201601182148784860023-p2.vadapt.980.high.0

The Warrior Effect: the Cavs are suddenly Spurs fans

There’s one thing we should know about the Golden State Warriors at this point. When you are just about ready to count them out, that’s when they are supremely dangerous.

We saw that when they were down 2-1 in the Memphis series last year, and we saw it when they were down 2-1 to Cleveland in the Finals. They didn’t lose another game in either of those series.

They came into Cleveland Monday in terrible shape, the stress of carrying the NBA’s best record clearly showing. It took them 38 games to lose their first two games, and just three games to lose their next two. Saturday night in Detroit, they played their worst game since Mark Jackson was their coach. Their energy was lacking, which showed up mostly on the defensive end. The offense subsequently suffered as a result of that diminished defense: a lack of easy transition baskets put more strain on Golden State in halfcourt sets.

The Cavaliers, on the other hand, were steaming through this part of the schedule (5-1 on a long road trip), and had been pointing at this game since Christmas Day. They had Kevin Love and Kyrie Irving back, and they were going to show everybody what a fluke last year’s Finals were.

Or not.

I have to say — on behalf of many other people who have agreed with me for the past six months — that this result was pretty satisfying. If you watched the Warriors even semi-seriously over the last year and a half, you knew something that the casual observers, and even a bunch of national media who should know better, didn’t know:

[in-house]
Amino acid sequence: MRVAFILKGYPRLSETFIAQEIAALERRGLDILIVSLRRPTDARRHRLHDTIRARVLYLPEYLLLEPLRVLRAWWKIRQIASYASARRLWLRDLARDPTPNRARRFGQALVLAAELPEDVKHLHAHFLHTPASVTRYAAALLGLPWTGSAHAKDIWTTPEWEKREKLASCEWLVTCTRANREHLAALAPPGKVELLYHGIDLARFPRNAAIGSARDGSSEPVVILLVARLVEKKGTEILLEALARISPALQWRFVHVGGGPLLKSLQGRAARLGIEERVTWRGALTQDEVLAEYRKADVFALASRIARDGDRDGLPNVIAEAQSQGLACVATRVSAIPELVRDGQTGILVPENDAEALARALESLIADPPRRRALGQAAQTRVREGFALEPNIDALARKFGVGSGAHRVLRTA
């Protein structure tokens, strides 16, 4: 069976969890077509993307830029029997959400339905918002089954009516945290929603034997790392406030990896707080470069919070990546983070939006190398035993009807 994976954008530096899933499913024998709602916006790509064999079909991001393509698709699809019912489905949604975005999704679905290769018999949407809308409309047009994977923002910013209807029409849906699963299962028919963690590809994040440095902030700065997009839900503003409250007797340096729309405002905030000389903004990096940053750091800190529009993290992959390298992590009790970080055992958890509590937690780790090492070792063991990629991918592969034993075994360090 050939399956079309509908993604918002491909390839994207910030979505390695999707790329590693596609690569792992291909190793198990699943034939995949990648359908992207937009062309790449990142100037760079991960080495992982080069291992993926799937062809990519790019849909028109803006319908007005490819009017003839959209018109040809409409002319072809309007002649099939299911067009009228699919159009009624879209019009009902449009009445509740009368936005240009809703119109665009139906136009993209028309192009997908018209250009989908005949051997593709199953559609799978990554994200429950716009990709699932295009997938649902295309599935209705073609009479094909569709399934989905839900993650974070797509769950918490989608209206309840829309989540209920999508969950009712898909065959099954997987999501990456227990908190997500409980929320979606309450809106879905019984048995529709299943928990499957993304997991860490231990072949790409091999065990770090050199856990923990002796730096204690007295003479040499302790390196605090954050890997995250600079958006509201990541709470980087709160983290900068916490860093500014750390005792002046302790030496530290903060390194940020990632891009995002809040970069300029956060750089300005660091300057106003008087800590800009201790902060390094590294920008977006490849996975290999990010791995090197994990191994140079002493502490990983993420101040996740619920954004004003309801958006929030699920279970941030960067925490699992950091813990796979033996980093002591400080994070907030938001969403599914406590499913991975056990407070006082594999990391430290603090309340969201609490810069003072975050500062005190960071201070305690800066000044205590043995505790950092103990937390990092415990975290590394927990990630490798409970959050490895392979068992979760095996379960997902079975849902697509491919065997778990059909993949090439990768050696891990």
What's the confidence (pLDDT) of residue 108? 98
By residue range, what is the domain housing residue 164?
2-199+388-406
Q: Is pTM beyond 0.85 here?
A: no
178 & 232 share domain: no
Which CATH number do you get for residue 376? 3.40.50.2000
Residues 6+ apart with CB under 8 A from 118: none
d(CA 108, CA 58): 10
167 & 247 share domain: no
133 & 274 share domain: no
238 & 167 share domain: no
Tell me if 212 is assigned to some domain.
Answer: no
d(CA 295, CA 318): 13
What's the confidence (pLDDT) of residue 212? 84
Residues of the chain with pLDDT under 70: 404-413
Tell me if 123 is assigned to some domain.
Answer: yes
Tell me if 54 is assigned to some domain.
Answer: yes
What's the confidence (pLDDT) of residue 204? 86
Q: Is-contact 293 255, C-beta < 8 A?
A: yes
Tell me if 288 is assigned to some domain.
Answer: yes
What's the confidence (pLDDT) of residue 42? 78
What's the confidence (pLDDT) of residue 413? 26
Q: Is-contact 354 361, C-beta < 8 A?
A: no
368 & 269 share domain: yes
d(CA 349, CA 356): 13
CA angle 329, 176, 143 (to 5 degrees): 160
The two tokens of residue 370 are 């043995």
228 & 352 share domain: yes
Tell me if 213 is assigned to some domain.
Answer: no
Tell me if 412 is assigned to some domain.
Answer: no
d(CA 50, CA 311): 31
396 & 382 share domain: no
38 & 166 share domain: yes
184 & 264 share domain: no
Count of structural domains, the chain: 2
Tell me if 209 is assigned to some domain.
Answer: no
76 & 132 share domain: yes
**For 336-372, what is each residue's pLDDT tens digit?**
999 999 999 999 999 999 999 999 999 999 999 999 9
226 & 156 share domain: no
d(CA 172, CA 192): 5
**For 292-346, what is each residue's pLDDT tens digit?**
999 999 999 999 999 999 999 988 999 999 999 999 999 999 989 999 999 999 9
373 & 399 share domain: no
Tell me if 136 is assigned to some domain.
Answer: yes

For everything that Kevin Love and Kyrie Irving give to the Cavaliers on offense, they take away at least that much on defense.

There are teams, probably 27 of them, against which this fact can be managed and worked around. These 27 teams can’t repeatedly punish weak defenders until you have to take them off the floor.

The Warriors are not one of those teams.

Kevin Love looked like a duck in a shooting gallery last night. Multiple vines have gone viral in the wake of last night’s 34-point rout, and they all show Love being completely lost trying to defend the Warriors’ pick-and-roll. Irving? Who’s he going to guard? 6-7 Klay Thompson? Steph Curry, who’s the same height as Irving but is the best offensive player in the league?

Most teams have a guard Irving can at least try to cover, but the Warriors don’t. When Shaun Livingston comes off the bench, it actually gets worse for Irving. Livingston is also 6-7, and has an array of low post moves that Irving is helpless to stop.

Love is an even bigger problem for the Cavs. He can’t guard Draymond Green or Harrison Barnes straight up, and the Warriors can also run pick-and-roll plays to get him on Curry, which is comedic.

In short, Love and Irving would have to go for about 60 points between them to give their team a chance against the Warriors, and so far in two games they’ve combined to score 34 (21 for Irving, 13 for Love). That’s an average of 8.5 points per game, per player.

We knew going into this game that there would be a team with something to prove. We just thought it would be Cleveland. It turned out that the Warriors decided this was their chance to put the lingering doubts to rest as to who was the better team last June, and I think they accomplished that.

In fact, I think they were so convincing in that effort that they made clear to themselves AND the Cavs that Cleveland’s best chance for a title is to have the San Antonio Spurs get the Warriors out of the way for them. I don’t know the Spurs well enough to know how they match up with Cleveland, but I don’t see how the Cavs could beat the Warriors four times, especially without home-court advantage.

So let’s send a box of Spurs gear over to the Q for the watch parties to come! The Cavs will put them to good use.

John Cannon

About John Cannon

John Cannon is a former radio and television sportscaster. He lives in the San Francisco Bay Area.

Quantcast